Supercomm 2005 was huge. Nearly 30,000 visitors and more than 600 exhibitors attended the June show in Chicago, sponsored by the Telecommunications Industry Association (TIA). These folks represent the main telecom system and equipment providers to companies that supply chips and other components.
Several themes recurred throughout the show: the decline in the traditional telephone business and the rapidly increasing adoption of Voice over Internet Protocol; forthcoming IP video distribution; IP by carrier-grade Ethernet in the metro-area network and the wide-area network; broadband connections, especially the newer DSL versions; passive optical networks; and broadband wireless newcomer WiMAX.
In addition to the "free" sessions and keynotes, the International Engineering Consortium (IEC) put on many excellent in-depth, up-to-date paid educational sessions. The IEC is a major source of information and education in communications. The group also has great, free online tutorials. Check it out at www.iec.org.
During "The Other 4 Billion: Telecom in Emerging Nations," the TIA pointed out that only 2.5 billion of our 6.5 billion total world population now benefit from telephones, wireless, and other forms of electronic communications. In most third-world developing countries, telecom penetration reaches less than 50% of the population. There is real market opportunity in providing communications services to that huge population.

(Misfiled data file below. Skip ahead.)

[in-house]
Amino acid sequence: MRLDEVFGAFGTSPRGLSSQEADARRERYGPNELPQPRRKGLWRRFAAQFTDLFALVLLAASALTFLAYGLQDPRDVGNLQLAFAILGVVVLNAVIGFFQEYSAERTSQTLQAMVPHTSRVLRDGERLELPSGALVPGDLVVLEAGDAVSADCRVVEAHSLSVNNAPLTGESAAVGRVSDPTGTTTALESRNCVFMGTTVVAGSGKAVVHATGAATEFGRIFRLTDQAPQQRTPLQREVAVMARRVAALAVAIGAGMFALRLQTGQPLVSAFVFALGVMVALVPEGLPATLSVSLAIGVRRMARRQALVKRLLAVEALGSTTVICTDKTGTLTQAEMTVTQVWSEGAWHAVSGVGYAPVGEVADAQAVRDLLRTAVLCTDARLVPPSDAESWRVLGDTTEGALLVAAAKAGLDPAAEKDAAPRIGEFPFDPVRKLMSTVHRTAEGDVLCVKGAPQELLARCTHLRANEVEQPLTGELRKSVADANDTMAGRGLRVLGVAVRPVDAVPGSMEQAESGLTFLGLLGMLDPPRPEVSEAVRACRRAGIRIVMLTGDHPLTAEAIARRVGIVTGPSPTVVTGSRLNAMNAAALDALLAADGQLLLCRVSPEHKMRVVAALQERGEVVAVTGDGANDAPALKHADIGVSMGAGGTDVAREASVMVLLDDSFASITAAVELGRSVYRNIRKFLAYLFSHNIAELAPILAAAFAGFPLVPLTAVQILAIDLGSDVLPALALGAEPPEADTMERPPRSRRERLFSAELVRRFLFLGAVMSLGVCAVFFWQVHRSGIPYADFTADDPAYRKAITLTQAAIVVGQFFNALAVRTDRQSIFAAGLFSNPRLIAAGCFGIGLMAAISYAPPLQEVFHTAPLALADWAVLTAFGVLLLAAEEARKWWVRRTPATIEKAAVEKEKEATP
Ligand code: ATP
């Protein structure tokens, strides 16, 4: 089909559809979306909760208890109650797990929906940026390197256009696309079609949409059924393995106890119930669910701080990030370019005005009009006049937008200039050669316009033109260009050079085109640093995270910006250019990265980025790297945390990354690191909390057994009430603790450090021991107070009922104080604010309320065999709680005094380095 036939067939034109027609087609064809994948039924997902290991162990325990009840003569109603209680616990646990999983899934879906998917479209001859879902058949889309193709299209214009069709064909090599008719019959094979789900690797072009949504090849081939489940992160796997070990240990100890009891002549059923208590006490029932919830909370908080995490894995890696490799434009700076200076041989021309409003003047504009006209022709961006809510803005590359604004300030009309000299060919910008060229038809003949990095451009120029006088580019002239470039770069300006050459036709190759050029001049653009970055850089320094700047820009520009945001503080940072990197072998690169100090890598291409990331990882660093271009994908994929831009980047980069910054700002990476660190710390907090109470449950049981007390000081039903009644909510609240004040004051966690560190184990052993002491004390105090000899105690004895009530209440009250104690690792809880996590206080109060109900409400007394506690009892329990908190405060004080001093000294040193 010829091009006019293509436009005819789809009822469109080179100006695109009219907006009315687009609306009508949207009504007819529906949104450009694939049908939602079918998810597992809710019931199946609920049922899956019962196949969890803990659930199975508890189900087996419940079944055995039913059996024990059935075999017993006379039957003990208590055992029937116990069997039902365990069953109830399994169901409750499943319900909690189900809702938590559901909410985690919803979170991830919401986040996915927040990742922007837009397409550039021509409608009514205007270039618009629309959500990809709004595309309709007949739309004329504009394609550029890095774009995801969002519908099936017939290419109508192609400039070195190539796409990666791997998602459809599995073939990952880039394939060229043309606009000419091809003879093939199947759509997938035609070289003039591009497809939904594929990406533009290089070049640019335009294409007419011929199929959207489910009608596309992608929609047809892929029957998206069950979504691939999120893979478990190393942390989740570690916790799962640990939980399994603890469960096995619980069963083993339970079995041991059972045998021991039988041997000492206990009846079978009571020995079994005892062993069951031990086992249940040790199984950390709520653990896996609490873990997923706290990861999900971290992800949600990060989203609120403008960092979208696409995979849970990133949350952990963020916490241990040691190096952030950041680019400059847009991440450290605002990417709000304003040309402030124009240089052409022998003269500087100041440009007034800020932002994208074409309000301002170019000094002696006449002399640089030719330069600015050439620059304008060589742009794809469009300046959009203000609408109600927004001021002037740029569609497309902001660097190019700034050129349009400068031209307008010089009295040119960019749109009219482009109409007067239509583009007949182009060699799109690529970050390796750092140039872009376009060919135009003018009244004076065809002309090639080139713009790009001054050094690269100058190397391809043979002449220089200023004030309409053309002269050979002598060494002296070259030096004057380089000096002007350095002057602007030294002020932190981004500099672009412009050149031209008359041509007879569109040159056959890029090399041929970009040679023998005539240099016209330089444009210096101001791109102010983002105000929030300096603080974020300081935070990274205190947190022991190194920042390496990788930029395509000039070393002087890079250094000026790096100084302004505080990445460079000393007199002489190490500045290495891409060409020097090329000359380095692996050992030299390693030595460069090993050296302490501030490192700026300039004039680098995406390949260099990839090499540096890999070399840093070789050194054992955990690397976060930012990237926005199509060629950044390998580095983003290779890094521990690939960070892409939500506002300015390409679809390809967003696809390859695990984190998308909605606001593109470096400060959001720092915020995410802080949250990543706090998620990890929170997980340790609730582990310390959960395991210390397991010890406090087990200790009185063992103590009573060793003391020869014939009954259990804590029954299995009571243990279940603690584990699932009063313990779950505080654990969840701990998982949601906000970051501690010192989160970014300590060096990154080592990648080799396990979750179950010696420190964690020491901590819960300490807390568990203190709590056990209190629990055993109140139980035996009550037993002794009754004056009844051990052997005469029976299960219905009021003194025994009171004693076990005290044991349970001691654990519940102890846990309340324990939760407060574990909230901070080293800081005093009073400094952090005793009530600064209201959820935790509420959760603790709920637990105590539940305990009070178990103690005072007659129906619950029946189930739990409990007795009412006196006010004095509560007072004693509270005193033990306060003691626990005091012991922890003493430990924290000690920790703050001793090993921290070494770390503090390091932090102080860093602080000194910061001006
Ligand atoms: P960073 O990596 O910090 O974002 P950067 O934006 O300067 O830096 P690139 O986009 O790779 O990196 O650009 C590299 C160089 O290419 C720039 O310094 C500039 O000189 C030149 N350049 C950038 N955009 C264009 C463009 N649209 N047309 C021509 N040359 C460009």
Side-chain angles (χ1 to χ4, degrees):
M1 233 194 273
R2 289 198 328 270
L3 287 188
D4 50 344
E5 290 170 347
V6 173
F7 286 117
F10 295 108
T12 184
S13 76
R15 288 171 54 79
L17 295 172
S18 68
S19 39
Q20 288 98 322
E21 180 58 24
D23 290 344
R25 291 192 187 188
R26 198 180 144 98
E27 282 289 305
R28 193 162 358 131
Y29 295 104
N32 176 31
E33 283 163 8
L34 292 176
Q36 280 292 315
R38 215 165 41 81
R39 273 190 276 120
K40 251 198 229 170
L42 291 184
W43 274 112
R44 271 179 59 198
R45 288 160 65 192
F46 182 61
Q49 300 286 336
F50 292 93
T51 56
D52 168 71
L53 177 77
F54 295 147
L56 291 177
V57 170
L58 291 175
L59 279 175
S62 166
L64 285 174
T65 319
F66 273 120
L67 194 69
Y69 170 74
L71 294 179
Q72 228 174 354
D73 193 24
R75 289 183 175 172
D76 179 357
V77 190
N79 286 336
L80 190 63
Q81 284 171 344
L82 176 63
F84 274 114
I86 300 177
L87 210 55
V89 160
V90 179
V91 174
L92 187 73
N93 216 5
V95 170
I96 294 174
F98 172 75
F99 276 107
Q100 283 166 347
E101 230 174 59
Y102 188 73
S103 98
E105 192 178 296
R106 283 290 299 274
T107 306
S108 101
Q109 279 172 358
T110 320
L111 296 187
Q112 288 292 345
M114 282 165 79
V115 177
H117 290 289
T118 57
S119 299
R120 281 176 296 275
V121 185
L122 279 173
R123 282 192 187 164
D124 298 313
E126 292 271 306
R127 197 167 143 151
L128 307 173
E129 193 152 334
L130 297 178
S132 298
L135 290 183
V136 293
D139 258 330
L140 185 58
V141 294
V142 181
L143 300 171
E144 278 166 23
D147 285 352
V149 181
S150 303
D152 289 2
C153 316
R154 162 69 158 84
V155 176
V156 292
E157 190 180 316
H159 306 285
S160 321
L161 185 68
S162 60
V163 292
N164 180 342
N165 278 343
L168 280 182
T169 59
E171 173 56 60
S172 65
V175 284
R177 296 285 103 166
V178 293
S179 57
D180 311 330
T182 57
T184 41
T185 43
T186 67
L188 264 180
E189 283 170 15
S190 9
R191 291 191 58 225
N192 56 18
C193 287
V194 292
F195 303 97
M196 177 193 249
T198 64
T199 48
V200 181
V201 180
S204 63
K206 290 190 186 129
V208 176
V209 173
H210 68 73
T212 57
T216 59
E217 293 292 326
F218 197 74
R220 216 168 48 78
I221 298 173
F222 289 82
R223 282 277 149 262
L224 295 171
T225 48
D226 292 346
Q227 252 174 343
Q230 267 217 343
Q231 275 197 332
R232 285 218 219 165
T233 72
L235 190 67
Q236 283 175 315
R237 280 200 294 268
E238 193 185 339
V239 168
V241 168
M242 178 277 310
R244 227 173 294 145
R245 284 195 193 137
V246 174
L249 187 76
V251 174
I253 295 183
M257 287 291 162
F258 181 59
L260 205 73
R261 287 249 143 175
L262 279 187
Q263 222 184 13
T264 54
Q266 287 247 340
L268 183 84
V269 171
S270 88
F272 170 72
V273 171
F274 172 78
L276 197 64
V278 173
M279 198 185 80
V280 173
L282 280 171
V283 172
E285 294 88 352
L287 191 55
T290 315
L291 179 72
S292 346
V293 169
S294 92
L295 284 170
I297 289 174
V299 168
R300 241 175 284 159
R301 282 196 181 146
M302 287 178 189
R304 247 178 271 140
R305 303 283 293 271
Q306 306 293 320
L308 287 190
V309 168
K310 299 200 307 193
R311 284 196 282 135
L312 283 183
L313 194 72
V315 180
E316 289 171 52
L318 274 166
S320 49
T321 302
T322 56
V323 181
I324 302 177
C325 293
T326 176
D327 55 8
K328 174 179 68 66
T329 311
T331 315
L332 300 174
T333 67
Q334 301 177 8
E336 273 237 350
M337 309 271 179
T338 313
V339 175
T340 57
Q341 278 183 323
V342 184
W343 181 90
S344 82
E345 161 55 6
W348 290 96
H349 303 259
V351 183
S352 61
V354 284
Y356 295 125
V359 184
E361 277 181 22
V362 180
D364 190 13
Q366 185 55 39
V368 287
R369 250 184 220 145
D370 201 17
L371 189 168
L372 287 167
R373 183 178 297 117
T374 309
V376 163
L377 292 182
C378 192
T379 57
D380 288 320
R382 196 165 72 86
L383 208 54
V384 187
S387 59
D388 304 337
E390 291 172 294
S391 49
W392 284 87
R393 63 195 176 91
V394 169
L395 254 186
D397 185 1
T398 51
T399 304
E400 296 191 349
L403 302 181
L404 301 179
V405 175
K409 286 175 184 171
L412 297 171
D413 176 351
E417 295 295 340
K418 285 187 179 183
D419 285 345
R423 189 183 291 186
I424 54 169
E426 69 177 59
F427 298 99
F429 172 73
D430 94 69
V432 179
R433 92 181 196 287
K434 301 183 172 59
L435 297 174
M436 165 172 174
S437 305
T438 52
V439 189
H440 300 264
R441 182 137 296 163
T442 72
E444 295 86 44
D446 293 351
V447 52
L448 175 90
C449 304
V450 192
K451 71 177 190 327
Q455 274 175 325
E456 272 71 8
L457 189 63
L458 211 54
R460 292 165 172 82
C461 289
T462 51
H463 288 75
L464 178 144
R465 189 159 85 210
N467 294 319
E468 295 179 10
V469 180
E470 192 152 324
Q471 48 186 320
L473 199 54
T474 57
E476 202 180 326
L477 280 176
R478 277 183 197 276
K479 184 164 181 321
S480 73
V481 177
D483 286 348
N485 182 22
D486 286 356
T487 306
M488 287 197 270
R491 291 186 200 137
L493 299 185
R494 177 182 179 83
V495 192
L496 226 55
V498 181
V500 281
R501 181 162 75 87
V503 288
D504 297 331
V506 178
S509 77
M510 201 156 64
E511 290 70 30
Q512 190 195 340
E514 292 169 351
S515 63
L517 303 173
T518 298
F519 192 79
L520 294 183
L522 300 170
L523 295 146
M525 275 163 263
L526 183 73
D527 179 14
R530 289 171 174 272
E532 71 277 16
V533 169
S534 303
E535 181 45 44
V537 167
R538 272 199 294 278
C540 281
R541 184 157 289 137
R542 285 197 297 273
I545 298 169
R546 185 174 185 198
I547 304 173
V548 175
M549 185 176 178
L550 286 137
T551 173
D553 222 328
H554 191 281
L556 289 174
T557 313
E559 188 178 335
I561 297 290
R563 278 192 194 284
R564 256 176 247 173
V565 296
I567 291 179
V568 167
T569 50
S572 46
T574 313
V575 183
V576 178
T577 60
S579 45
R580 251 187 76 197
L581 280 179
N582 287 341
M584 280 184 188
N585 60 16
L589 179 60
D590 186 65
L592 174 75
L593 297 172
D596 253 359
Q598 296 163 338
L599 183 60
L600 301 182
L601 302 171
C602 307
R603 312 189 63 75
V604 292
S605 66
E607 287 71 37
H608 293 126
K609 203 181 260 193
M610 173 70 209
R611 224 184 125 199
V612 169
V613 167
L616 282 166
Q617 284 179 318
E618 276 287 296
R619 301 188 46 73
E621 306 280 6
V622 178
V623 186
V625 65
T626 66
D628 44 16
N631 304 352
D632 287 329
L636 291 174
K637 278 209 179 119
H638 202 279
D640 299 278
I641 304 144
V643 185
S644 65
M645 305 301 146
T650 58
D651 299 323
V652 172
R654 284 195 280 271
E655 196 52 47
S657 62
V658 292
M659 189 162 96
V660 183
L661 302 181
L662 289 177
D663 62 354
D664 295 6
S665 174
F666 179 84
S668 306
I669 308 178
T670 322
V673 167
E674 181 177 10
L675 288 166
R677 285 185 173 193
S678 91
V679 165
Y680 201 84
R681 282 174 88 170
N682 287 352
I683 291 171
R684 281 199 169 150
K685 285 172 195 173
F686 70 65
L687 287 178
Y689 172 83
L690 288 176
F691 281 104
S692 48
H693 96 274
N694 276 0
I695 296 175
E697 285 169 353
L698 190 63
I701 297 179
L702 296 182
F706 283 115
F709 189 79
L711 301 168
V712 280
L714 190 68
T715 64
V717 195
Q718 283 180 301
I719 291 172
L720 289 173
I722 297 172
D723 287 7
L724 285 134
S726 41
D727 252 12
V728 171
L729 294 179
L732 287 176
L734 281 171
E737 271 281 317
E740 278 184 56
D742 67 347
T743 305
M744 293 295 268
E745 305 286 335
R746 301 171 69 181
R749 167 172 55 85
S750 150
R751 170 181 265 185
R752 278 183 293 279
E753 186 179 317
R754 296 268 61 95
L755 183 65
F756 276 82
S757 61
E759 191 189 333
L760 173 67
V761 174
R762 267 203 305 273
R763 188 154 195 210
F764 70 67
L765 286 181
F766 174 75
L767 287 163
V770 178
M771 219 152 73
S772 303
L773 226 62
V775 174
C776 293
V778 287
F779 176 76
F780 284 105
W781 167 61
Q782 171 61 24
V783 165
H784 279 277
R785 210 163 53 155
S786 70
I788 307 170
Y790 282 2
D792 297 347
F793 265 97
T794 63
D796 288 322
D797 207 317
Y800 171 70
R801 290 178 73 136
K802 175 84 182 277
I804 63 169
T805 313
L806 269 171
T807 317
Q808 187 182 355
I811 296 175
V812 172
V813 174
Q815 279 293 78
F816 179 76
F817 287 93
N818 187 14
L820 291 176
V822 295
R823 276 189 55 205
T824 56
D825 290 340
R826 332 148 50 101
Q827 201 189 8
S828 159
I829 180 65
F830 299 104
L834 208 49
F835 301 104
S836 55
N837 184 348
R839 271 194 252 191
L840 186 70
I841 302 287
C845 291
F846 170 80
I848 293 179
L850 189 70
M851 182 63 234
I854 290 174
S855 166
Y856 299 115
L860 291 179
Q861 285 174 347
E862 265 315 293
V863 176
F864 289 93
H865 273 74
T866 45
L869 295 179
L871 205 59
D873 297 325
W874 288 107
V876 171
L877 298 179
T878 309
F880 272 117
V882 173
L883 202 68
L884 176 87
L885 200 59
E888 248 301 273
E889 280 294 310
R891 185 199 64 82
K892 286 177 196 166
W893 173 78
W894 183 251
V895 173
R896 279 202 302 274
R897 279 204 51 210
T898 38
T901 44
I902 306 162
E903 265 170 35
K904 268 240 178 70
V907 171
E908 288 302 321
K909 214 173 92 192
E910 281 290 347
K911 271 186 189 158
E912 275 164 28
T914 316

New FCC chair Kevin Martin listed two key FCC priorities. First, the FCC wants to level the current differences between how telecom carriers and cable TV suppliers are treated. Next, it wants to stimulate broadband-service deployment. The wireless spectrum, or lack thereof, continues to be a problem the FCC will address with the National Telecommunications and Information Agency.
FCC commissioner Kathleen Abernathy and California Public Utilities commissioner Susan Kennedy called for a rewrite of the telecom laws to support the industry's rapid social, technological, and economic changes. The FCC also wants to encourage competition and investment to make more and better communications services available at affordable rates.
The PCI Industrial Computer Manufacturers Group (PICMG) pavilion showcased the wares of over 100 vendors working on Advanced Telecom Computing Architecture (ATCA) equipment targeting next-generation networking systems.
The Metro Ethernet Forum (MEF), which is driving the IPTV standard, demonstrated the world's first carrier-grade Ethernet. Also, the Optical Internetworking Forum (OIF) demonstrated a dynamic setup of Ethernet services over a global optical network. Eight carriers and 34 vendors linked Asia, Europe, and the U.S.
The WiMAX Forum was there as well, representing its 220 members. Broadband Wireless Access is going to be a big deal, and WiMAX is getting its equipment certification program in gear to ensure that the myriad WiMAX products can talk to each other.
Supercomm won't be around next year. Instead, a similar show called Globalcomm2006 will debut June 5-8 in Chicago. It no doubt will be bigger than ever. One thing's for sure, though. I'm going to need a better pair of shoes.